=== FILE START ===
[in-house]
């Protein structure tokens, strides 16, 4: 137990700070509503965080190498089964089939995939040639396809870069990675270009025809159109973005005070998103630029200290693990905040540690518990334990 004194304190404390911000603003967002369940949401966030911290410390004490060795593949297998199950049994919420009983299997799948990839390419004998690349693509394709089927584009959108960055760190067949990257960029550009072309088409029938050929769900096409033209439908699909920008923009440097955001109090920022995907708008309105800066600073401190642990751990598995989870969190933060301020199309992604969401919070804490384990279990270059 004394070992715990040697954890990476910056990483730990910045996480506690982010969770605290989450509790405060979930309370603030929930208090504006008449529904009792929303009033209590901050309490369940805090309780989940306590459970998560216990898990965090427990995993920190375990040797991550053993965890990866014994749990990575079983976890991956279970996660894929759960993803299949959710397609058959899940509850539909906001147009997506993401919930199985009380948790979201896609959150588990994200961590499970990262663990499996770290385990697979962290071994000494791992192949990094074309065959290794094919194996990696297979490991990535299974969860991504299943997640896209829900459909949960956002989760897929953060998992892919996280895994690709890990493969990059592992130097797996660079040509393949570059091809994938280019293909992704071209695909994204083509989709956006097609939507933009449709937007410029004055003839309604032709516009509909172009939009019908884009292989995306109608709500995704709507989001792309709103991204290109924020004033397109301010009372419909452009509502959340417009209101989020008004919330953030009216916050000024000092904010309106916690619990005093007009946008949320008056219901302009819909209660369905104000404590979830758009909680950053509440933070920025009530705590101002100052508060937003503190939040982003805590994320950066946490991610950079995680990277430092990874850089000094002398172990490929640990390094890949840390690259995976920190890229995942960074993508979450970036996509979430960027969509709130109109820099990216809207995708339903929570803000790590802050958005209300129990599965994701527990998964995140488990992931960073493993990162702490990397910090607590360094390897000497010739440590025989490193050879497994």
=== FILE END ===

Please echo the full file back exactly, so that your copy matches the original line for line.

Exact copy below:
[in-house]
């Protein structure tokens, strides 16, 4: 137990700070509503965080190498089964089939995939040639396809870069990675270009025809159109973005005070998103630029200290693990905040540690518990334990 004194304190404390911000603003967002369940949401966030911290410390004490060795593949297998199950049994919420009983299997799948990839390419004998690349693509394709089927584009959108960055760190067949990257960029550009072309088409029938050929769900096409033209439908699909920008923009440097955001109090920022995907708008309105800066600073401190642990751990598995989870969190933060301020199309992604969401919070804490384990279990270059 004394070992715990040697954890990476910056990483730990910045996480506690982010969770605290989450509790405060979930309370603030929930208090504006008449529904009792929303009033209590901050309490369940805090309780989940306590459970998560216990898990965090427990995993920190375990040797991550053993965890990866014994749990990575079983976890991956279970996660894929759960993803299949959710397609058959899940509850539909906001147009997506993401919930199985009380948790979201896609959150588990994200961590499970990262663990499996770290385990697979962290071994000494791992192949990094074309065959290794094919194996990696297979490991990535299974969860991504299943997640896209829900459909949960956002989760897929953060998992892919996280895994690709890990493969990059592992130097797996660079040509393949570059091809994938280019293909992704071209695909994204083509989709956006097609939507933009449709937007410029004055003839309604032709516009509909172009939009019908884009292989995306109608709500995704709507989001792309709103991204290109924020004033397109301010009372419909452009509502959340417009209101989020008004919330953030009216916050000024000092904010309106916690619990005093007009946008949320008056219901302009819909209660369905104000404590979830758009909680950053509440933070920025009530705590101002100052508060937003503190939040982003805590994320950066946490991610950079995680990277430092990874850089000094002398172990490929640990390094890949840390690259995976920190890229995942960074993508979450970036996509979430960027969509709130109109820099990216809207995708339903929570803000790590802050958005209300129990599965994701527990998964995140488990992931960073493993990162702490990397910090607590360094390897000497010739440590025989490193050879497994």